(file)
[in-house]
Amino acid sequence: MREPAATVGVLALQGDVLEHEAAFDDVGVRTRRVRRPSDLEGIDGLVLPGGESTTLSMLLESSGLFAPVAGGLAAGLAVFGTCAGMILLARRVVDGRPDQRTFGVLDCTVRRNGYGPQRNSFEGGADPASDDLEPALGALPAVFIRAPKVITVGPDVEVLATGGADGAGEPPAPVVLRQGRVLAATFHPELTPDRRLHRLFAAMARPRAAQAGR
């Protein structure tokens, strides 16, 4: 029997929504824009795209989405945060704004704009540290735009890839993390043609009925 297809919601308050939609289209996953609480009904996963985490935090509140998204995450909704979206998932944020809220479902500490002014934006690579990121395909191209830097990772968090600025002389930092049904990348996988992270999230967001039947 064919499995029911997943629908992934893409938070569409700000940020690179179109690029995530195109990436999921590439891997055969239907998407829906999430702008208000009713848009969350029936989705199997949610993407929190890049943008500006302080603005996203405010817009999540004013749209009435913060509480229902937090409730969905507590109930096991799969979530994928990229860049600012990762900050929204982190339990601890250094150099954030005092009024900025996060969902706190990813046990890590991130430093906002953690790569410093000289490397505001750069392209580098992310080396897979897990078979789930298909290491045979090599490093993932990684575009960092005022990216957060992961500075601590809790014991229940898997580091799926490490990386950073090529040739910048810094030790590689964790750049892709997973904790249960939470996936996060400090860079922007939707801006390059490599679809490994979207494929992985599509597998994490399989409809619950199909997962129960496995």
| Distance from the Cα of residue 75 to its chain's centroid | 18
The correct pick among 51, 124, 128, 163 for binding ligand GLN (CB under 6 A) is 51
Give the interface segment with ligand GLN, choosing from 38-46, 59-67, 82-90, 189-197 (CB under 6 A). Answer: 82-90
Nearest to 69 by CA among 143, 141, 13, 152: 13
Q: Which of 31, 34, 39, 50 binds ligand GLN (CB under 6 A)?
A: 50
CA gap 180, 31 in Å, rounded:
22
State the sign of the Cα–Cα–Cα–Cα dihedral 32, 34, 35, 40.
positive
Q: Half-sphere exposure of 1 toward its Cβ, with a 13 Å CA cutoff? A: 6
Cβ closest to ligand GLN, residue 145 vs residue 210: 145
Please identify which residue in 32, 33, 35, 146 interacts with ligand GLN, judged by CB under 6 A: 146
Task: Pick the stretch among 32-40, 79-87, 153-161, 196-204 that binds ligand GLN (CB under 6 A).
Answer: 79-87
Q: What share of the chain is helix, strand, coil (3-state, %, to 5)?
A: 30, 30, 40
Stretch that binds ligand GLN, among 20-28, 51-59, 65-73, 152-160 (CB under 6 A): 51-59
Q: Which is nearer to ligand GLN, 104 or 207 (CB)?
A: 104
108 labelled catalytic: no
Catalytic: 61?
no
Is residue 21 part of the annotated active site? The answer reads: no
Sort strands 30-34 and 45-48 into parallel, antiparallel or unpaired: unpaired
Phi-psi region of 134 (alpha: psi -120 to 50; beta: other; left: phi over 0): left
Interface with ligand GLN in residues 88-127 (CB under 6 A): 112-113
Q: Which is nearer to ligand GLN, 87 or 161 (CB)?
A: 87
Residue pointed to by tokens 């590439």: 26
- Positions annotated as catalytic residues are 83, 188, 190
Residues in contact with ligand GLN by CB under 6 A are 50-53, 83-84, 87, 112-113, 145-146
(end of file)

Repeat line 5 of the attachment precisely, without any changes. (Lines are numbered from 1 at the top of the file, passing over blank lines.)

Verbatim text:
The correct pick among 51, 124, 128, 163 for binding ligand GLN (CB under 6 A) is 51